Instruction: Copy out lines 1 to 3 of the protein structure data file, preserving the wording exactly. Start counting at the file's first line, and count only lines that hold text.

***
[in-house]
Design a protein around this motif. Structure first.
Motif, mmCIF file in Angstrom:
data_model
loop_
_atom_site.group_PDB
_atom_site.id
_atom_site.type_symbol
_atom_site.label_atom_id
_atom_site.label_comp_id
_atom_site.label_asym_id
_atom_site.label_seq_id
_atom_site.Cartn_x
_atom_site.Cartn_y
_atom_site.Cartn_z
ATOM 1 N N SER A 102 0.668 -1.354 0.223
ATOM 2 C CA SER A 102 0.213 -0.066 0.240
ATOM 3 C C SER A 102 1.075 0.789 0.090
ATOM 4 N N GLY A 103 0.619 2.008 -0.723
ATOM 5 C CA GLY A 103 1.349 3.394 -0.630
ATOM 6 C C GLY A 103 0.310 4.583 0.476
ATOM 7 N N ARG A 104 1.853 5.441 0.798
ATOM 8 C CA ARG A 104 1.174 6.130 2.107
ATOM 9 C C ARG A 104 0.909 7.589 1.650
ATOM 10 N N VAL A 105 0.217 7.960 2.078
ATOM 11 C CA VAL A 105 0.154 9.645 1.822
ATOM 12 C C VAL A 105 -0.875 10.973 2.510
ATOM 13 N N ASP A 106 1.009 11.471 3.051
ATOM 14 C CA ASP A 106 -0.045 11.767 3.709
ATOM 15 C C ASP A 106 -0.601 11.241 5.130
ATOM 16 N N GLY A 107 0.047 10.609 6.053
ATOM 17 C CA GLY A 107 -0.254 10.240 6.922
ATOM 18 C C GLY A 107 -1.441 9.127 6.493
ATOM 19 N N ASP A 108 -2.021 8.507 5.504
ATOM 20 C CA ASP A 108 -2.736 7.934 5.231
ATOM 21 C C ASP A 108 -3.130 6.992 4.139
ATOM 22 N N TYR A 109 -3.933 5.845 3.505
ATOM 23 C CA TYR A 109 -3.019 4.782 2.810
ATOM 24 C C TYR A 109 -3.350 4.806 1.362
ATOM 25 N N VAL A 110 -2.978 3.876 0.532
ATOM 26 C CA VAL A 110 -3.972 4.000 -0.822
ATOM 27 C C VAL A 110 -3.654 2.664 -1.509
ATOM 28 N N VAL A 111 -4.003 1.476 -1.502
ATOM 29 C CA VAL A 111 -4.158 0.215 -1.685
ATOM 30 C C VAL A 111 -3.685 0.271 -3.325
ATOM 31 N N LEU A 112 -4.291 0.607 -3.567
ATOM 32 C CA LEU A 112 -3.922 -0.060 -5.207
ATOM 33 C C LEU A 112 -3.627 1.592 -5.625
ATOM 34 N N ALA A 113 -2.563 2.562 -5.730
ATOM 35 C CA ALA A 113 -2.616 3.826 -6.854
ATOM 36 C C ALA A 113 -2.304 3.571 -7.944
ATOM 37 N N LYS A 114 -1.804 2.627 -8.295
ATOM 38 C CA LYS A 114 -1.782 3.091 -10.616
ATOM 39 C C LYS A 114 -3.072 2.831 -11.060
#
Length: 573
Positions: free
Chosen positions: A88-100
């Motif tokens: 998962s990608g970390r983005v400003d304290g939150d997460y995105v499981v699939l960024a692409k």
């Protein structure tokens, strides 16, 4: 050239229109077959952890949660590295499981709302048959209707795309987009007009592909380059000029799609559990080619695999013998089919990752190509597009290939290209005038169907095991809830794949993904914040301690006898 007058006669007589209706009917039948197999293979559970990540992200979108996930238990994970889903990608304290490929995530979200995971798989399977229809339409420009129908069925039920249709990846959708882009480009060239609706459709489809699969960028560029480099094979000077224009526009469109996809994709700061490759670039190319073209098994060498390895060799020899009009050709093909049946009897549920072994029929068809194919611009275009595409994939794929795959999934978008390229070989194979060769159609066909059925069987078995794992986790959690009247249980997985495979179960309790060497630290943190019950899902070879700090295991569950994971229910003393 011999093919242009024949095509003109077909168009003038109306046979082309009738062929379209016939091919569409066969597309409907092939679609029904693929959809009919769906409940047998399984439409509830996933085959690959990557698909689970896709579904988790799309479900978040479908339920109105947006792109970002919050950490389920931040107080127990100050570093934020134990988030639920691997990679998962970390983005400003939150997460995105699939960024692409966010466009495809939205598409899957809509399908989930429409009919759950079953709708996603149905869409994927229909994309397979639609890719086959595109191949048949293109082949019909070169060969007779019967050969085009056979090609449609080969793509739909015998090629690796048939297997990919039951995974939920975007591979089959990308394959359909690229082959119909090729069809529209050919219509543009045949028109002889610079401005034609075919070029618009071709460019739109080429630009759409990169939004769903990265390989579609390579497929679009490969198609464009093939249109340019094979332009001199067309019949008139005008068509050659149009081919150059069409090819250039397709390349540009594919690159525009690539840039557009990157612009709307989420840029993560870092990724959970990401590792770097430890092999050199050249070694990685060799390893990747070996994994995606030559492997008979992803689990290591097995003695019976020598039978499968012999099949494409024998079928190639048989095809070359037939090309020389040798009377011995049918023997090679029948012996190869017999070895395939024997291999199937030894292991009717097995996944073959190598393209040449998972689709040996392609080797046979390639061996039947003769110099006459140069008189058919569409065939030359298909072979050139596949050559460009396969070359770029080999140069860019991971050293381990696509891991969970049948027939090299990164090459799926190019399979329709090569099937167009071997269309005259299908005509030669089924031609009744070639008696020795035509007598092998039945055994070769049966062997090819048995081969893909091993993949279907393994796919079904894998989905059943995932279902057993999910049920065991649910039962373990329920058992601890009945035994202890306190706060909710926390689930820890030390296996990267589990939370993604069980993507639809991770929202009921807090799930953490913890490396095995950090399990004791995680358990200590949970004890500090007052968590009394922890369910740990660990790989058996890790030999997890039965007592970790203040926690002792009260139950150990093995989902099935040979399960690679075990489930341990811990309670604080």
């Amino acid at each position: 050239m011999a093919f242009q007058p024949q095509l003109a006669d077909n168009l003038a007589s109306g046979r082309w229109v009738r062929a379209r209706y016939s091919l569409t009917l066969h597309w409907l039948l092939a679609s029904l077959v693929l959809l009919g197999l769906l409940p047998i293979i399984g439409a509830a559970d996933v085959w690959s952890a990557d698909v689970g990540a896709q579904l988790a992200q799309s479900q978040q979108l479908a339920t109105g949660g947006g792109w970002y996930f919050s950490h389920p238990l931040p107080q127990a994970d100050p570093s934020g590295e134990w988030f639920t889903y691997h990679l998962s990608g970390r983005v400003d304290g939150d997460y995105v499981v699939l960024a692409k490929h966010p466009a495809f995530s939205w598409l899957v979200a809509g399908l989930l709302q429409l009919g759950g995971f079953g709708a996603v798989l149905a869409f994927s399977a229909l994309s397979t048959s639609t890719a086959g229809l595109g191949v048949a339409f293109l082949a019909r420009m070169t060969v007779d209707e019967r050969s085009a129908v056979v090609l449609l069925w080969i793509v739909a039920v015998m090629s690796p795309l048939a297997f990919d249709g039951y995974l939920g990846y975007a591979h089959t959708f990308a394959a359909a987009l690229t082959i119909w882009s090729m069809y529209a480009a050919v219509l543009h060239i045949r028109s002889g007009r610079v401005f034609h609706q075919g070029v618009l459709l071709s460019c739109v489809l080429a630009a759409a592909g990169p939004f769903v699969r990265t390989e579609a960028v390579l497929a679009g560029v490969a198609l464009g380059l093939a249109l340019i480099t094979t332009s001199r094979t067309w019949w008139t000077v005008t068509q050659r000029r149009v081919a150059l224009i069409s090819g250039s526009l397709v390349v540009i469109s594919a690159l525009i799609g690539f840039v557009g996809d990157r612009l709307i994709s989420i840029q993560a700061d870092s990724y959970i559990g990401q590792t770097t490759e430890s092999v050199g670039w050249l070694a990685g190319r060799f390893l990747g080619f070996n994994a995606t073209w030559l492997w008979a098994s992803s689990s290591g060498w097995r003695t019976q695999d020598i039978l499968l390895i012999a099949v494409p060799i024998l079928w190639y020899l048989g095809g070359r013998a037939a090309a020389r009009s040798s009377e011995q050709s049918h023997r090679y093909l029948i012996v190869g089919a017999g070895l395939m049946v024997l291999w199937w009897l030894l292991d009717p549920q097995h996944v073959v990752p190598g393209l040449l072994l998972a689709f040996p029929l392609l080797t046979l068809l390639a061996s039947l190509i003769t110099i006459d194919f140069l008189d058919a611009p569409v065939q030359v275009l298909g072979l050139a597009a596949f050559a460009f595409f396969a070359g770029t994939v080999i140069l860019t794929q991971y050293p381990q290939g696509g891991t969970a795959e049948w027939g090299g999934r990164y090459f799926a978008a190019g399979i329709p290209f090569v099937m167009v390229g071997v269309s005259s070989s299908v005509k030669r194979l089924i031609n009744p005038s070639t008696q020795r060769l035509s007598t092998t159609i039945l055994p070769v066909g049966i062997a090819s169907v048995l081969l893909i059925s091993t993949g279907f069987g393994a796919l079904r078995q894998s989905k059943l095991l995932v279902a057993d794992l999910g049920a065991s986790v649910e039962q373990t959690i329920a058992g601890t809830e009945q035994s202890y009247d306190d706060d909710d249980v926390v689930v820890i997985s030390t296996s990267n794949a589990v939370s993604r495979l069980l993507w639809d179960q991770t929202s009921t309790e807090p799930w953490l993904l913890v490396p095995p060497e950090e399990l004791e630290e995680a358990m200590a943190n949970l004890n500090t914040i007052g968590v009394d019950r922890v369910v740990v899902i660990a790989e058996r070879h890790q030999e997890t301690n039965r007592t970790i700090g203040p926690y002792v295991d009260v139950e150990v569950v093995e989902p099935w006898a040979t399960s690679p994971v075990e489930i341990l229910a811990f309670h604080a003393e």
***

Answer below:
[in-house]
Design a protein around this motif. Structure first.
Motif, mmCIF file in Angstrom: